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The 1980s: A Period of Change and Reassessment


The decade of the 1980s was a time of change and reassessment for the Commission. EEOC had only recently received enforcement authority for the EPA, the ADEA, and the civil rights laws applicable to civilian federal employees. As a result of this expanded authority, EEOC witnessed a substantial increase in its charge workload. Unfortunately, no significant increase in staffing or resources followed. Thus, the Commission strived to discern its proper enforcement role given its new authority, while continuing to strengthen the protections afforded under the employment discrimination laws, most notably in the areas of age discrimination, sexual harassment, and national origin bias.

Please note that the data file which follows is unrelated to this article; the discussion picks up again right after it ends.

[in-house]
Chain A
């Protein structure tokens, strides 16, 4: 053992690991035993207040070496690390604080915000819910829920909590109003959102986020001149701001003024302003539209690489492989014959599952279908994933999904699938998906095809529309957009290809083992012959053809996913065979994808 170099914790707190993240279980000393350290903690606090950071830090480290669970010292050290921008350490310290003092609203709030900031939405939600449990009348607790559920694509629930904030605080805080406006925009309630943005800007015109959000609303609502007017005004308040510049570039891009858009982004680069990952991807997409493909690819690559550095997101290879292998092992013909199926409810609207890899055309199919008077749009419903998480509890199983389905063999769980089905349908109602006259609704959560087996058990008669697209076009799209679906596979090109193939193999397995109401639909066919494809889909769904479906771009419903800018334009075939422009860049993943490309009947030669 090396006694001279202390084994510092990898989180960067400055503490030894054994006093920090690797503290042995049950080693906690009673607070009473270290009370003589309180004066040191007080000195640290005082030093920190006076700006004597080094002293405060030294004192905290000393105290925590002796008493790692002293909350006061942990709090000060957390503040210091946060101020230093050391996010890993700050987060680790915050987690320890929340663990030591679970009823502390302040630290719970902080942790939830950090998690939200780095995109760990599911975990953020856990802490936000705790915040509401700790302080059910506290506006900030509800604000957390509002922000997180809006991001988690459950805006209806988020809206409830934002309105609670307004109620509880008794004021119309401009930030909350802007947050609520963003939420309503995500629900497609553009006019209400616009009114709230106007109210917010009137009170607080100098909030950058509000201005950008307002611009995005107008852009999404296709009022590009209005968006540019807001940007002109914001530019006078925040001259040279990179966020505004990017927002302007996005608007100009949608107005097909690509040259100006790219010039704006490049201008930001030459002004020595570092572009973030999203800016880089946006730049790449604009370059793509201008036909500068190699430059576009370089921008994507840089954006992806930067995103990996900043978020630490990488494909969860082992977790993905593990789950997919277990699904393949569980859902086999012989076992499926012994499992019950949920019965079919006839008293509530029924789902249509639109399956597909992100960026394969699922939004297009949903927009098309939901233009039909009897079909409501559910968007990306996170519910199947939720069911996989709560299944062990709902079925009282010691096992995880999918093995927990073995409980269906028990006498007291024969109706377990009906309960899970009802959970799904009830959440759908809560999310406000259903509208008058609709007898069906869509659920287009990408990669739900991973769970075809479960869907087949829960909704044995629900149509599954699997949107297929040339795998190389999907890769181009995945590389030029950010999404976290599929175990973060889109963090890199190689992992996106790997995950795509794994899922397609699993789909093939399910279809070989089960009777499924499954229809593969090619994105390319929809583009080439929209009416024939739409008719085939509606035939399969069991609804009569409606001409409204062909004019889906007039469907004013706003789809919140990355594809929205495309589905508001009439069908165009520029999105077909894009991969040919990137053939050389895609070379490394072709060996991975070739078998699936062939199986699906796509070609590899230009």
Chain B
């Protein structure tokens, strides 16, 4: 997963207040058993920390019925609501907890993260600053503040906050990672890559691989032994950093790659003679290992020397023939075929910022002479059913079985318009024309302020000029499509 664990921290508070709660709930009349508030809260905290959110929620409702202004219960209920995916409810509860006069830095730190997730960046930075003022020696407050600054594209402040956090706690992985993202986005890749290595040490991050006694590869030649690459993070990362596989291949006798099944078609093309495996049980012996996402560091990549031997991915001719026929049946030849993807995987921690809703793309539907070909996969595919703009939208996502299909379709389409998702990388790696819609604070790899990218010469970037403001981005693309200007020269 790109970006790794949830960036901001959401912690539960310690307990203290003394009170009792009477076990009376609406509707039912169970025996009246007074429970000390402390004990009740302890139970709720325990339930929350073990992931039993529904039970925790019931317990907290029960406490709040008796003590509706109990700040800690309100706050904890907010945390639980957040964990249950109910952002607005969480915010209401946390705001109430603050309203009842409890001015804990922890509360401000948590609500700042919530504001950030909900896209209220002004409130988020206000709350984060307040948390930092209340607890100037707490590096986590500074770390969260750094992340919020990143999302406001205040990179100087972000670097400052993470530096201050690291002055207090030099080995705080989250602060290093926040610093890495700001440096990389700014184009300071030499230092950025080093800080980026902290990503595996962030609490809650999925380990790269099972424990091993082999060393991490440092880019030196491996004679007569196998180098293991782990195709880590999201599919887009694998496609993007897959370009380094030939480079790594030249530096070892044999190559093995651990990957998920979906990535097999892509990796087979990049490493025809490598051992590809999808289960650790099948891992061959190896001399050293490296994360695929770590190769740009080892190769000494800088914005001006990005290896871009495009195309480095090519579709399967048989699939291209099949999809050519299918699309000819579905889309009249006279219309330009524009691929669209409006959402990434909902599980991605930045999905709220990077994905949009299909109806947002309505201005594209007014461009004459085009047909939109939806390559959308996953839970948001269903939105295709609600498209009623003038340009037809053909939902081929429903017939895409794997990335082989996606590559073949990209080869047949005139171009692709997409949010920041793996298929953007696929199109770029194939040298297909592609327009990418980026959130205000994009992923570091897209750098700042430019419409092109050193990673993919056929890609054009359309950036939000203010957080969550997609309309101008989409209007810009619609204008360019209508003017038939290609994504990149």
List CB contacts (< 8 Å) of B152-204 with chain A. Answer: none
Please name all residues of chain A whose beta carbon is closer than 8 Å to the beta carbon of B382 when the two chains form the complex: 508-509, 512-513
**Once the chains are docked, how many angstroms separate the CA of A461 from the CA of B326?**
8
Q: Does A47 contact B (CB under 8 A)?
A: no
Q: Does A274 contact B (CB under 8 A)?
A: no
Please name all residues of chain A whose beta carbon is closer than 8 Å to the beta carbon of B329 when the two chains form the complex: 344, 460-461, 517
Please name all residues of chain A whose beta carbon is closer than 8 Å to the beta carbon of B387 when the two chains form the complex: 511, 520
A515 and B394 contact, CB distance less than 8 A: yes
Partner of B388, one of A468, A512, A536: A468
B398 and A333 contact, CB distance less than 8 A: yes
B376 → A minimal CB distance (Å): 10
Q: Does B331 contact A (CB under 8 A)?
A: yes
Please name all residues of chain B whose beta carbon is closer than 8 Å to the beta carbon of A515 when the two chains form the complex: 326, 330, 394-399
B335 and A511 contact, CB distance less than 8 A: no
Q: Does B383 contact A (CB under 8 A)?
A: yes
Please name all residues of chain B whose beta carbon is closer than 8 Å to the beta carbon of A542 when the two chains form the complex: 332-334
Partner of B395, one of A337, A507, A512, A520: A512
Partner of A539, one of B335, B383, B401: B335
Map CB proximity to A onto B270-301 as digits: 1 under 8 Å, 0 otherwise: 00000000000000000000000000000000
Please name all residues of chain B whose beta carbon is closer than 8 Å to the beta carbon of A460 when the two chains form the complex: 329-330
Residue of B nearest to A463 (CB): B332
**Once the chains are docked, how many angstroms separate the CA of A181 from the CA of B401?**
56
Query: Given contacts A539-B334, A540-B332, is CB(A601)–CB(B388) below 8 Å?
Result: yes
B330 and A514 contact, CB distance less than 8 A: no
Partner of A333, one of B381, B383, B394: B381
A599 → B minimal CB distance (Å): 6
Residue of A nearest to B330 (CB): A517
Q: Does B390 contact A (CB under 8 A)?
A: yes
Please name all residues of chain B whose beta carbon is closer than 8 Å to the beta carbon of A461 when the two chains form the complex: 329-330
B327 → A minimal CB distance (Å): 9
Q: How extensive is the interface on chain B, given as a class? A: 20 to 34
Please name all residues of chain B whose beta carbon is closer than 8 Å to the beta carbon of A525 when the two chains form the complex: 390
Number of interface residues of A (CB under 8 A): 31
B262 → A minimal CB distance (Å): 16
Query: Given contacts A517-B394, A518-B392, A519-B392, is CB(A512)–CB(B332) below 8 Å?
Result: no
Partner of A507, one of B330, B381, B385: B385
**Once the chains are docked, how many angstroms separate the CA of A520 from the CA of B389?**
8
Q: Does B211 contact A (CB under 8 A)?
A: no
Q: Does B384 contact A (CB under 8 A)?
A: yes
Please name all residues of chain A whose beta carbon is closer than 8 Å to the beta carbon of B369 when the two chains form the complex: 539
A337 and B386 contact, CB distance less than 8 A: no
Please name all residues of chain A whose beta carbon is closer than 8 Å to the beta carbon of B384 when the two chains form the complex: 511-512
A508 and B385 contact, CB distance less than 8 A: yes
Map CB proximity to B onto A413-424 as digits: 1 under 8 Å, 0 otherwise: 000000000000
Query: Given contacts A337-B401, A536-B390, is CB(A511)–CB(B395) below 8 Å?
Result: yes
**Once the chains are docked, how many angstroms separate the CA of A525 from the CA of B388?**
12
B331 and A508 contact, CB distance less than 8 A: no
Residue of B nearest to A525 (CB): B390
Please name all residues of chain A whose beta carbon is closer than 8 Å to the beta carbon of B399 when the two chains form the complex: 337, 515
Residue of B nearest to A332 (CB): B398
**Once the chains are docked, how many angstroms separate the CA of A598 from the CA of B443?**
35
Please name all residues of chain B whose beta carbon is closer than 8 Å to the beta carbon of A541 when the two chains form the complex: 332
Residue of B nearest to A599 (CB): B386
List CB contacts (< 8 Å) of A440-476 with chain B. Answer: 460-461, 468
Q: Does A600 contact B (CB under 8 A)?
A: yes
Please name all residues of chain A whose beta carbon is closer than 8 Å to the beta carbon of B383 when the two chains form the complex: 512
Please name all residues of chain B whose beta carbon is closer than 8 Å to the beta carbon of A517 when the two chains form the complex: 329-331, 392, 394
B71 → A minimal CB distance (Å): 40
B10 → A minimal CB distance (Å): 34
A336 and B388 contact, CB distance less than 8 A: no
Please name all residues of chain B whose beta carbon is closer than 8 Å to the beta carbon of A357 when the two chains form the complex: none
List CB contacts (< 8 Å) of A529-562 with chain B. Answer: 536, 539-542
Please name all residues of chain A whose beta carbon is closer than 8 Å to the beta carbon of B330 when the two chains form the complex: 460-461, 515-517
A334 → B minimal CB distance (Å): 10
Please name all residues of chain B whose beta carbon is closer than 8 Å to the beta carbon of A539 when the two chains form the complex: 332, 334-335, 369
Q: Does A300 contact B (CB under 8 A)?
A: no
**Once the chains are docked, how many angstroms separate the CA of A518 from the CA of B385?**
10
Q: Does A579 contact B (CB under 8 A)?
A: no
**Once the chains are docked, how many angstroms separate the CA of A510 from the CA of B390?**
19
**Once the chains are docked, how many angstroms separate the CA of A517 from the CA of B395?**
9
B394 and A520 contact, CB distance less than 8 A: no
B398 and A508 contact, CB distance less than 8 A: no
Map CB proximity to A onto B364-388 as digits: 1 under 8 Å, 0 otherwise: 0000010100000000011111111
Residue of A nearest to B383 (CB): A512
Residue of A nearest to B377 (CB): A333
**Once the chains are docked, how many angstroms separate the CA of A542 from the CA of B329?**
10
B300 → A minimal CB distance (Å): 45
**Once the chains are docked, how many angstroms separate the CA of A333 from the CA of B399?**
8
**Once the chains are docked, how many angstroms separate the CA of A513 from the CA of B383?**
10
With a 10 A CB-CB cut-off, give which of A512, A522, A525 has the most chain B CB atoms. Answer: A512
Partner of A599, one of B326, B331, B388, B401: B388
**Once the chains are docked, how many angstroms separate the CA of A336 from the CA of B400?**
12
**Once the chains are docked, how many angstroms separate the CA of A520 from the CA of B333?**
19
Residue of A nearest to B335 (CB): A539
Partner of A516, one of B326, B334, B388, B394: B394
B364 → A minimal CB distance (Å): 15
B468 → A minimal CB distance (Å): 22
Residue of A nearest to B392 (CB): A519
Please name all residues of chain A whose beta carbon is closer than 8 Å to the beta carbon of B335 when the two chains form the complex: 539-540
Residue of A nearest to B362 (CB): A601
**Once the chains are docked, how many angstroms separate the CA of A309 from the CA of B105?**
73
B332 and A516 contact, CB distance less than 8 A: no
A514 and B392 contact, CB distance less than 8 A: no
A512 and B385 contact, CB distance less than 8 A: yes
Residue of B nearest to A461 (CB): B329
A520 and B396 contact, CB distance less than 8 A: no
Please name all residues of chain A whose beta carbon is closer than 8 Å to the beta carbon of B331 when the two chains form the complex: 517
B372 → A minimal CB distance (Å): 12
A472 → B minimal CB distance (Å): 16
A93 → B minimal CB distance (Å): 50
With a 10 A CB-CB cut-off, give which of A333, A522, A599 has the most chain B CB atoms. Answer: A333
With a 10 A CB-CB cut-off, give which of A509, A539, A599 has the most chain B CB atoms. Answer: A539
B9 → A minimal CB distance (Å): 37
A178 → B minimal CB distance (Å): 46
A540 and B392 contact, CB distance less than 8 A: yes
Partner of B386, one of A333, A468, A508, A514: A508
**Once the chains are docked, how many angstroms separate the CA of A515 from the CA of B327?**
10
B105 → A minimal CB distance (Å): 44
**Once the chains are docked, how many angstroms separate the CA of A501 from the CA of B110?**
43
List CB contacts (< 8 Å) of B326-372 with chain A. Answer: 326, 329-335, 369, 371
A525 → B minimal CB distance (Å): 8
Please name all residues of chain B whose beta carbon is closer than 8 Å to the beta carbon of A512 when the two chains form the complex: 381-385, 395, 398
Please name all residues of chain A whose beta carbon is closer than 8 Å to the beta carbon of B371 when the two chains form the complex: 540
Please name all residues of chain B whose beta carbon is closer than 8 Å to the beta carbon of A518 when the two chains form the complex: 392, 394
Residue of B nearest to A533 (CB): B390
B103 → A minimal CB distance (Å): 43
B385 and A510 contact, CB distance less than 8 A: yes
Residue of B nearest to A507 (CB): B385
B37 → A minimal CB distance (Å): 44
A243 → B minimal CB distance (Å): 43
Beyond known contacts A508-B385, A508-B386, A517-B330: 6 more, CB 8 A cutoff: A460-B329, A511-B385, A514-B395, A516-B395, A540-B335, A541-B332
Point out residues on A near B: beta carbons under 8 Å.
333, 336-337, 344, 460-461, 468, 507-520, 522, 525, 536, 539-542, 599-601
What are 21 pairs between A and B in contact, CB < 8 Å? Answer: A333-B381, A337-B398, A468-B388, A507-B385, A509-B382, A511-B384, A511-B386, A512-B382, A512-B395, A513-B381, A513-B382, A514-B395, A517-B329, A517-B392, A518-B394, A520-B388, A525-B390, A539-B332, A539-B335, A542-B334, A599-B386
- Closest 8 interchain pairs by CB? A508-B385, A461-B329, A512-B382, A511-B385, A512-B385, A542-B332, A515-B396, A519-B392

Moreover, in the early 1980s, the change from Democrat to Republican administrations resulted in substantial changes in enforcement philosophy. EEOC began the 1980s by continuing to focus on broad, systemic employment practices that operated to discriminate against large classes of individuals. However, the Republican appointees to the Commission wanted to reassess its methods. The new Commission believed that more attention to individual claims of discrimination needed to occupy priority standing for a civil rights enforcement agency. While the rapid charge processing system adopted in the late 1970s to reduce the Commission's backlog had achieved its goal, the new Commission was ready for a change in strategic direction. Accordingly, the Commission determined that much greater emphasis should be placed on obtaining full remedies for every individual complainant. New policies reflecting this emphasis, together with a vast increase in charges, created new workload and management challenges for the agency.

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